• Requires plans to cover certain services required by the “Family Cost Share” expense provided through the New Jersey Early Intervention System

New Jersey Parity Law

There are many sections of the state insurance law related to parity. They are summarized in three parts. Here, we have listed the relevant sections. The summaries are below the listed sections.

Mental health coverage sections:

17:48-6v; 17:48A-7u; 17:48E-35.20; 17B:26-2.1s; 17B:27-46.1v; 17B:27A-7.5; 17B:27A-19.7; 26:2J-4.20; 52:14-17.29d and 52:14-17.29e) (all of these are identical except for language about to which plan they apply)

Alcohol use disorder coverage sections:

17:48-6a; 17:48A-7a; 17:48E-34; 17B:26-2.1; 17B:27-46.1 (all of these are identical except for language about to which plan they apply)

Autism coverage sections:

17:48-6ii; 17:48A-7ff; 17B:26-2.1cc; 17B:27-46.1ii; 17B:27A-7.16; 17B:27A-19.20; 26-2J-4.34; §52:14-17.29p; 52:14-17.46.6b (all of these are identical except for language about to which plan they apply)

Mental Health Coverage

Instructions for how to find the relevant sections of the insurance law are listed above

These sections of the insurance law require individual plans, small employer fully-insured plans, large employer fully-insured plans and state employee plans to cover services for the following mental health conditions:

  • Schizophrenia
  • Schizoaffective disorder
  • Major depressive disorder
  • Bipolar disorder
  • Paranoia and other psychotic disorders
  • Obsessive-compulsive disorder
  • Panic disorder
  • Pervasive developmental disorder or autism

Plans cannot use different copayments, deductibles, and “benefit limits” for these conditions than what are in place for other medical conditions (“benefit limits” could mean treatment limitations or financial requirements, but it is not explicitly defined in these sections).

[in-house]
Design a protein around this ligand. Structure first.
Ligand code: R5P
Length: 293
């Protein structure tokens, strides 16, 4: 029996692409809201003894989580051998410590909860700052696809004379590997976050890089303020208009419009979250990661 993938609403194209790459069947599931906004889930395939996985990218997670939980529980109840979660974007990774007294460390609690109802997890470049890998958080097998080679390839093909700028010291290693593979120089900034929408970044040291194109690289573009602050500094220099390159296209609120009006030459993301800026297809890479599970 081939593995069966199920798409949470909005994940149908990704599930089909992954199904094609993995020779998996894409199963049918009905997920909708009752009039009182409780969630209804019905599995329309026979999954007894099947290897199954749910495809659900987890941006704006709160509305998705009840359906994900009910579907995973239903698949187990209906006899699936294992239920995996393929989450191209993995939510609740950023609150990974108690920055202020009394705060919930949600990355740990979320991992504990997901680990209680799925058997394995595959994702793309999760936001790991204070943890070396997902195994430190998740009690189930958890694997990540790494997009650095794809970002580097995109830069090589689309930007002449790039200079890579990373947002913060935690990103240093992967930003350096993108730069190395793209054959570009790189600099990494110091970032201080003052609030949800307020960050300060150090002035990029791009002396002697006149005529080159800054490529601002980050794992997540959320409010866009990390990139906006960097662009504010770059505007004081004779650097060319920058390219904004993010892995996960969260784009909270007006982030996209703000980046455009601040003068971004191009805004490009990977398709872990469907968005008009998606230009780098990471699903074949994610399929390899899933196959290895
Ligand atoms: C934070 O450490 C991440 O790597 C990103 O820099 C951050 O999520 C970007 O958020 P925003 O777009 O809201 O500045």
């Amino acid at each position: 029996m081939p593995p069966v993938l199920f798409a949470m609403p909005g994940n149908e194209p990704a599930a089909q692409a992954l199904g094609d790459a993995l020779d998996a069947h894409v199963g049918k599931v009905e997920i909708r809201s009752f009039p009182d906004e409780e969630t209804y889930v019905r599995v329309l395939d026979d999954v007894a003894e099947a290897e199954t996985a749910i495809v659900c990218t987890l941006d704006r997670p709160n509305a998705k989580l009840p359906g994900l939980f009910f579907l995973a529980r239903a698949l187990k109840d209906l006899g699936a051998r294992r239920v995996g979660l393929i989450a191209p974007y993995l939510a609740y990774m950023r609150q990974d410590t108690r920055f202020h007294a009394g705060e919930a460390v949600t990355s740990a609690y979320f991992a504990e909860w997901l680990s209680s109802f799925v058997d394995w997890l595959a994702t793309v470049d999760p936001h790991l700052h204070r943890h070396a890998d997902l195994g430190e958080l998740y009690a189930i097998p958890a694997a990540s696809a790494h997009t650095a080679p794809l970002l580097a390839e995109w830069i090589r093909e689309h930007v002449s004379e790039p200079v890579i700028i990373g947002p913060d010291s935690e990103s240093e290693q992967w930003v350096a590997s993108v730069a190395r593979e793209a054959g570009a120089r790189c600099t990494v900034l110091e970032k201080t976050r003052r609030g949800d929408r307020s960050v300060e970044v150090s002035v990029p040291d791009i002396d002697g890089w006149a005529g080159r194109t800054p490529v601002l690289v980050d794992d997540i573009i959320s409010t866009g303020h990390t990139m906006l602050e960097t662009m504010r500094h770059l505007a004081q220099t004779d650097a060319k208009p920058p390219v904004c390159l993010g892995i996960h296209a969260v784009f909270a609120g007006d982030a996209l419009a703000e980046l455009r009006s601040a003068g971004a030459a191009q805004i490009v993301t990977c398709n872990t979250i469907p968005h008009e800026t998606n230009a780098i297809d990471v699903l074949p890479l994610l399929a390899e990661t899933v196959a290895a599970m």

These sections specifically state that they have no impact on how plans make medical necessity determinations for mental health services and which providers plans decide to reimburse for mental health services.

Alcohol Use Disorder Coverage

Instructions for how to find the relevant sections of the insurance law are listed above

These sections require individual plans, small employer fully-insured plans, and large employer fully-insured plans to provide coverage for alcohol use disorder services “to the same extent” as coverage for other medical services. The following services are specifically listed:

Autism Coverage

Instructions for how to find the relevant sections of the insurance law are listed above

These sections require individual plans, small employer fully-insured plans, large employer fully-insured plans , state employee plans, and public school employee plans to cover autism services.

Plans must cover medically necessary occupational therapy, physical therapy, and speech therapy. For children and young adults through age 20, plans must cover applied behavior analysis.

Coverage for autism services must be “to the same extent” as coverage for other medical services, but there cannot be any visit limits for outpatient care.

Plans must cover an annual maximum of $36,000 that can be adjusted for inflation each year.

Plans can review a child’s treatment plan once every 6 months.

Get Support

New Jersey Insurance Division

Common Violations

In seeking care or services, be aware of the common ways parity rights can be violated.

Common Violations

Definition